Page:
How to construct a KO cell line

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How to construct a KO cell line


CRISPR/Cas9 technology enables the rapid generation of loss‐of‐function mutations in a targeted gene and changed the way of scientists approach their research. A single cell is a harbor of mutations that can be used to establish a new cell line, thereby creating a CRISPR‐induced knockout clone. These clonal cell lines serve as crucial tools for exploring protein function, analyzing the consequences of gene loss, and investigating the specificity of biological reagents. However, the successful derivation of knockout clones is technically challenging and in practice, it isn’t that simple. Obtaining high quality and reproducible editing results may need experience and optimization.


The standard workflow to generate CRISPR KO cell lines involves five major steps from project planning to confirmation of the desired edit. These steps are:

1. Design and production of KO guide

2. Cell transfection

3. Edited cells enrichments

4. Single-cell isolation and expansion

5. Confirmation of edits


Each of these steps requires careful consideration and technical skill in executing the many different methods involved.


KO gene editing workflow

Fig : KO gene editing workflow


Guide design and production:


The guide RNA recognizes the target gene region and directs the gene-editing machinery to the target section of DNA. For gRNA production, it is required to design and synthesize gRNA oligo sequence. The synthesized oligo was then cloned into a suitable expression vector and verified the oligo sequence.


A researcher can use a variety of guide formats to generate KO cell lines; single guide RNA (sgRNA), a two-part oligo system of cr:tracrRNA, in vitro-transcribed RNA, plasmid, and lentivirus. The plasmids and lentivirus- based approach are most popular to researchers, though they are time-consuming, require selection agents, and prone to off-target edits. However, lentivirus may offer advantages for difficult-to-transfect cells. The use of sgRNAs offers reduced off-target effects and time-saving benefits. Furthermore, the use of multiple gRNAs can increase the chance of obtaining the desired edit and save time downstream in clone selection stages. But these gRNAs must be targeted correctly. To begin with, gRNA targeting the gene of interest, the gRNA needs to clone in a suitable expression vector and sequence verification of gRNA.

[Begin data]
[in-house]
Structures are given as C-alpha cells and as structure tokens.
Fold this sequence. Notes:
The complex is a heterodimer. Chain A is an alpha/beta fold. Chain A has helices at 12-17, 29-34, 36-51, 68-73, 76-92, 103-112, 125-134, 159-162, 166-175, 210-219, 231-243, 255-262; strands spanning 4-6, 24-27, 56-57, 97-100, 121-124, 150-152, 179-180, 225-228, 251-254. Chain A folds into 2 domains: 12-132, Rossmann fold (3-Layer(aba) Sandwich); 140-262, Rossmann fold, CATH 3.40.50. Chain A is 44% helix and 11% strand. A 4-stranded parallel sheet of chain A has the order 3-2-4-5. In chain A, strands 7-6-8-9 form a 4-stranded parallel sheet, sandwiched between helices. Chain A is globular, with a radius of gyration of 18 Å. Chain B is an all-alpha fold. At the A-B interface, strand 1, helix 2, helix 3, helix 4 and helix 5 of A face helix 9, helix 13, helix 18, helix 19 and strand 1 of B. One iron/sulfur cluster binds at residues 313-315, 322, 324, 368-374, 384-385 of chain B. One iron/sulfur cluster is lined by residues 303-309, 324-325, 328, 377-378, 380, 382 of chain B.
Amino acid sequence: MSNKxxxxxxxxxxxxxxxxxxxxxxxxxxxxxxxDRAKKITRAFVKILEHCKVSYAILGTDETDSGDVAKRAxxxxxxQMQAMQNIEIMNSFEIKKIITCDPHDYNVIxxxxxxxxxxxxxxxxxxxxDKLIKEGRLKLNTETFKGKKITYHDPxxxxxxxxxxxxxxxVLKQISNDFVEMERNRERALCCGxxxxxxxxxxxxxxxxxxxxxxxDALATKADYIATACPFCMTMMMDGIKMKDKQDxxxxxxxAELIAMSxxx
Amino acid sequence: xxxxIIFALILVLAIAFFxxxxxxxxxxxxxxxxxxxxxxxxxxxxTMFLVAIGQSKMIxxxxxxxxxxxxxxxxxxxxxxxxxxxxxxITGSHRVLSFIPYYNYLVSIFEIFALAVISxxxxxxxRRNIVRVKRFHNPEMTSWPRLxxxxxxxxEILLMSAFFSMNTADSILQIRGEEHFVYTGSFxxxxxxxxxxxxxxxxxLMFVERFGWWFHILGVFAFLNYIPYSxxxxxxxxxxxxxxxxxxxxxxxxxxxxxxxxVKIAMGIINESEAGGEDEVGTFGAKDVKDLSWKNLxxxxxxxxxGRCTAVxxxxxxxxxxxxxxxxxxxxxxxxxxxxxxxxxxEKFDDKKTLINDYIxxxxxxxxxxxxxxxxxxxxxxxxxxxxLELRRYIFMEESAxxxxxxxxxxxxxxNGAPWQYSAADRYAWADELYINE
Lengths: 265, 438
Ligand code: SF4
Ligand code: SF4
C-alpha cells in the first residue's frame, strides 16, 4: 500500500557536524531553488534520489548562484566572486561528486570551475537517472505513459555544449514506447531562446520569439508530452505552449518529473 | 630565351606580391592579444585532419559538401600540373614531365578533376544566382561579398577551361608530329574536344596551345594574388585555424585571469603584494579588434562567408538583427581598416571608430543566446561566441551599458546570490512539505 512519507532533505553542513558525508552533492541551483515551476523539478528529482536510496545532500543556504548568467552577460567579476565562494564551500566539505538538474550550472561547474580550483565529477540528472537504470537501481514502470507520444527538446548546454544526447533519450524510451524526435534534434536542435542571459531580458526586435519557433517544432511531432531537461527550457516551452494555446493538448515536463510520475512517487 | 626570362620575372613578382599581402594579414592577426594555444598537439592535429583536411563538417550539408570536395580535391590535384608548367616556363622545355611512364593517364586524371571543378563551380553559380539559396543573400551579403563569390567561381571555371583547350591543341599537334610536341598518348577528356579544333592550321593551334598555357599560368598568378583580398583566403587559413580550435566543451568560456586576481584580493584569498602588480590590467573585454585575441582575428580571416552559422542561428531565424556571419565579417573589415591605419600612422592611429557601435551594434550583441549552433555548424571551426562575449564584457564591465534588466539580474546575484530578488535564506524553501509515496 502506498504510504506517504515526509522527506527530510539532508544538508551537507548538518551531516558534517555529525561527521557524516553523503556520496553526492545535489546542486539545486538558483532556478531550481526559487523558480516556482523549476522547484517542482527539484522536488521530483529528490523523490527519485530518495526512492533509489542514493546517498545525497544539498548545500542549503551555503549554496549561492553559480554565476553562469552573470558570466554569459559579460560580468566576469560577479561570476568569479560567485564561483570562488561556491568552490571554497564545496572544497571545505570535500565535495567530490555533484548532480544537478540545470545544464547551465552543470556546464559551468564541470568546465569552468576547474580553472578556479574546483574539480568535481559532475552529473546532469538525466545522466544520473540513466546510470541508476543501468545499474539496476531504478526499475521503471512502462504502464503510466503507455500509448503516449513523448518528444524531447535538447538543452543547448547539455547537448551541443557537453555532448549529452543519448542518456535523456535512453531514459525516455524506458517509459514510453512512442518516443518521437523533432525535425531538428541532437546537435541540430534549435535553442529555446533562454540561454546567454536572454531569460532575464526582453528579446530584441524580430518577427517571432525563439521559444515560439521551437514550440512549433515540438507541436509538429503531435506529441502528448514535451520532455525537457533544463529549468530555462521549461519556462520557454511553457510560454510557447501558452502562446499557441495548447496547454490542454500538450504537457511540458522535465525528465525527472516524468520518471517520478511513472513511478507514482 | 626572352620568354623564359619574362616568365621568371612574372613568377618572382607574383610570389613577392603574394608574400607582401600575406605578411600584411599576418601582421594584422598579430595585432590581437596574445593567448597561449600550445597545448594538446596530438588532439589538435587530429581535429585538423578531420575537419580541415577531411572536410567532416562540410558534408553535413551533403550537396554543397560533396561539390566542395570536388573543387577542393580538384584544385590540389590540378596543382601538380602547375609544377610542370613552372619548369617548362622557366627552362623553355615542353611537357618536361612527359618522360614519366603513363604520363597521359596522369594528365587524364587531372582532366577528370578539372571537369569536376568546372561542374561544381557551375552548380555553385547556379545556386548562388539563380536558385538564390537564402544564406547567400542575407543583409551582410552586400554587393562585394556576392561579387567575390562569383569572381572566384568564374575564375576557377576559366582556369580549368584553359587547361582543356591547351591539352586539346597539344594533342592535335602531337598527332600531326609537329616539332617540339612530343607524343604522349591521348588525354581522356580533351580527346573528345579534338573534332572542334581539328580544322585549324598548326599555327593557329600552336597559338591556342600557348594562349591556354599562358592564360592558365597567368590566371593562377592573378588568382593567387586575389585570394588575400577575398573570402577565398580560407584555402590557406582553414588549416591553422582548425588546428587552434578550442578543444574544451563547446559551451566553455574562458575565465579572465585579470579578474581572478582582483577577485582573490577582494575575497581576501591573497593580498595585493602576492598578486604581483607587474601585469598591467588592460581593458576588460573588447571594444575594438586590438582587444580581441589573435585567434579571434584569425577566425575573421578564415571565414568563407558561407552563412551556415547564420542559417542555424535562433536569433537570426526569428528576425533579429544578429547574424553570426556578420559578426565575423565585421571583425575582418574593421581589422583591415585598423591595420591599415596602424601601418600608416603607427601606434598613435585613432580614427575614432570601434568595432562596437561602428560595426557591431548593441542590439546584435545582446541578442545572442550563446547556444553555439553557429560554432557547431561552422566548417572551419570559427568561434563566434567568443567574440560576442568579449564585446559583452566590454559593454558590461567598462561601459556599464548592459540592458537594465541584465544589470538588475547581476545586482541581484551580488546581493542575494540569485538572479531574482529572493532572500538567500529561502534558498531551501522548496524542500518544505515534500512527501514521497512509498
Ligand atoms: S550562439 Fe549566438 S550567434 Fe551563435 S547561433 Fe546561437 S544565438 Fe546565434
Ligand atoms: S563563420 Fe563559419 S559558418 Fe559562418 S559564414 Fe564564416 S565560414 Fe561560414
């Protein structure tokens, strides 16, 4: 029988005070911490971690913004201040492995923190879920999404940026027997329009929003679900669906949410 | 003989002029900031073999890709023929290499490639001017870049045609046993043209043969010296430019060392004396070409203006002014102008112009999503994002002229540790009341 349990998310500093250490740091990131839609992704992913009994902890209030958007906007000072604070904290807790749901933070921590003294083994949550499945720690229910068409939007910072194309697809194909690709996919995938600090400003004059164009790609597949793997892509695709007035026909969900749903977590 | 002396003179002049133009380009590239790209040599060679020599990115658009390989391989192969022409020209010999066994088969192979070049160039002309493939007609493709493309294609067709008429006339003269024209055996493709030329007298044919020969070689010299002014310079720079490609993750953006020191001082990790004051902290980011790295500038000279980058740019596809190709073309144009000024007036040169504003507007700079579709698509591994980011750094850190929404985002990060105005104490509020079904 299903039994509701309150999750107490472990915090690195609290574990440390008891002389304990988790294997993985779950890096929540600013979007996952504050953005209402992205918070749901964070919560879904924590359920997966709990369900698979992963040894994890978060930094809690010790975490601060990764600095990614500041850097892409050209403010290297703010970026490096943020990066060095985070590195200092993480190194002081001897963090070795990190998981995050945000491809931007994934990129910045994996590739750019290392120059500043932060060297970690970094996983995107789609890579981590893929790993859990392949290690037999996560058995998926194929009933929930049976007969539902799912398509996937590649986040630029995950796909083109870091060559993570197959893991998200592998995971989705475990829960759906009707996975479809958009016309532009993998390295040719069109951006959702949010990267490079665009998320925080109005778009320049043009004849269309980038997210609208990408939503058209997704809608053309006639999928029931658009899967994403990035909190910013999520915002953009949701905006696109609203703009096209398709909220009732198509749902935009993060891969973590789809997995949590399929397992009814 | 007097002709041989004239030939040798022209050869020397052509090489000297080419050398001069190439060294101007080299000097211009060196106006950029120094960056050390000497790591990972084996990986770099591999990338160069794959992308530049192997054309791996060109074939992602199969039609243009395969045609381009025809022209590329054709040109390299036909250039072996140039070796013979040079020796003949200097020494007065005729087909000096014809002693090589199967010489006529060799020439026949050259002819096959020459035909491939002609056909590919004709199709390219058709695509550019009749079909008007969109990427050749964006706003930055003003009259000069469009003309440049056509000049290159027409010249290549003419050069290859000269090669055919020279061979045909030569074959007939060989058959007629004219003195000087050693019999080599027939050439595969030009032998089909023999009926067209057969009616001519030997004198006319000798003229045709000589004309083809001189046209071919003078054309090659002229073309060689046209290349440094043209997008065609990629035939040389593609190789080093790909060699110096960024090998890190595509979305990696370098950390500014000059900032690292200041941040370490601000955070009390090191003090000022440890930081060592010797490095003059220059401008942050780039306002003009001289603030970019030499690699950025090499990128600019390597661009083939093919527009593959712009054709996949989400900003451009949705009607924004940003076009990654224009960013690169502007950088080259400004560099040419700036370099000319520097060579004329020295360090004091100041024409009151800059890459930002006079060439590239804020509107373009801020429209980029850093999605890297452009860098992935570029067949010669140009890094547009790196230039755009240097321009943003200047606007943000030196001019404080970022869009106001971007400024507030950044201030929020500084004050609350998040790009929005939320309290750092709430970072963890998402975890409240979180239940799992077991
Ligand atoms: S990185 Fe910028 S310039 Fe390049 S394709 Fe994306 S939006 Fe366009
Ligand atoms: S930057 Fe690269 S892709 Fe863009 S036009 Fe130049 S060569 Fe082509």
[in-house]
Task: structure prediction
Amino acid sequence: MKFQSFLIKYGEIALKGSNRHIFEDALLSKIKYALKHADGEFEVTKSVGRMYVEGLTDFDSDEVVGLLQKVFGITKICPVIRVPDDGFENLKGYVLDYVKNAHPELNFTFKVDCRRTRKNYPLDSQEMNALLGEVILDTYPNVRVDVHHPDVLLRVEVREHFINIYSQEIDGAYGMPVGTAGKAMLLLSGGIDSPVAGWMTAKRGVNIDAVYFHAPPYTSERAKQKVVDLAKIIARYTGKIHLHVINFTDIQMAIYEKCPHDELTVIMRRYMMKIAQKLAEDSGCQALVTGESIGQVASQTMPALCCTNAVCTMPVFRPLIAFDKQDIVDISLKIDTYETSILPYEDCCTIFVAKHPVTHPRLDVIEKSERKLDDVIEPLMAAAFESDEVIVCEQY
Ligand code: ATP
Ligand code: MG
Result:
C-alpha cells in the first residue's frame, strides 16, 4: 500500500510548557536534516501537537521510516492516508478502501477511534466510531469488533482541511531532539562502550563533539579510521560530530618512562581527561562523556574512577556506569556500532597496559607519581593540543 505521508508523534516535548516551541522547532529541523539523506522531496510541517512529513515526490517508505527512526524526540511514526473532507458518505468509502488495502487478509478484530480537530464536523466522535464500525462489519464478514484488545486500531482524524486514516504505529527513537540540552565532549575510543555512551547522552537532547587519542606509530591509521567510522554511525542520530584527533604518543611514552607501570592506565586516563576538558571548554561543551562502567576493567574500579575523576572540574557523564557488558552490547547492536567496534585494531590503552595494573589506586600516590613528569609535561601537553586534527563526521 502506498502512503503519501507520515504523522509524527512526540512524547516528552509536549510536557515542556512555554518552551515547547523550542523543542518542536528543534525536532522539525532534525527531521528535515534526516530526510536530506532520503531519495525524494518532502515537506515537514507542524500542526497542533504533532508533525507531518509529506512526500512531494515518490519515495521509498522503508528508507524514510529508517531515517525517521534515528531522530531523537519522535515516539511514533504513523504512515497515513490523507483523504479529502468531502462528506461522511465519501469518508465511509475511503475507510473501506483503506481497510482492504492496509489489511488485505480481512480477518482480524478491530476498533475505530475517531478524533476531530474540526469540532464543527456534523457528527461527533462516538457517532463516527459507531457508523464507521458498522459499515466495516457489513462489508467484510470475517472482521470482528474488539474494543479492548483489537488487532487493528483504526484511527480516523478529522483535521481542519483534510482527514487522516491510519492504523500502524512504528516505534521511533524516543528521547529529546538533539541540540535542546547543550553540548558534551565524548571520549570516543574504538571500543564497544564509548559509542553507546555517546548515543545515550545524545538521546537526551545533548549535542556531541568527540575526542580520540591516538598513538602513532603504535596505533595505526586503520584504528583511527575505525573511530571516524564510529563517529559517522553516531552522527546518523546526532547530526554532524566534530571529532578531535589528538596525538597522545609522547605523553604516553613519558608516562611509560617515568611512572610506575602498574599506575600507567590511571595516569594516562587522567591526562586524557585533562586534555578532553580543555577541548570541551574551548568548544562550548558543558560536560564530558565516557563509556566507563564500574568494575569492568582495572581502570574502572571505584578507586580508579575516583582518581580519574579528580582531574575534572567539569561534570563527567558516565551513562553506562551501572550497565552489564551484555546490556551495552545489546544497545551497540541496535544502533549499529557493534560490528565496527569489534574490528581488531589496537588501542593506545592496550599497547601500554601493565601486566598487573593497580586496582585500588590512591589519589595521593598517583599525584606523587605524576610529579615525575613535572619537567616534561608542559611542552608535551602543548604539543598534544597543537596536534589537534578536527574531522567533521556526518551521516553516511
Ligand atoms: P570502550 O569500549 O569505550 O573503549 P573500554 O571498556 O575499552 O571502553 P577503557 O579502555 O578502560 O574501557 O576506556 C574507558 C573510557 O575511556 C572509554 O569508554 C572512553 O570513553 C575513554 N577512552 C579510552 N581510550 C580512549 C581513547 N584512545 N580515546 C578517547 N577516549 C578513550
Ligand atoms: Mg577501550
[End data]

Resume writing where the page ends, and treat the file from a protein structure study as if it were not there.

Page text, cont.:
Red Cotton™ CRISPR Gene Editing Designer is a free tool for knockout cell line strategy design. It contains parameters of 800 cell lines, and combine with Ubigene’s advanced gRNA design principle. Simply enter your target gene, and you could get 3 different KO strategies. There is a Red Cotton™ gRNA plasmid bank that has the validated gRNAs in stock. It contains over 10,000 gRNA plasmids for knockout cell line generation. Each plasmid only takes 80 USD.


Guide design and production: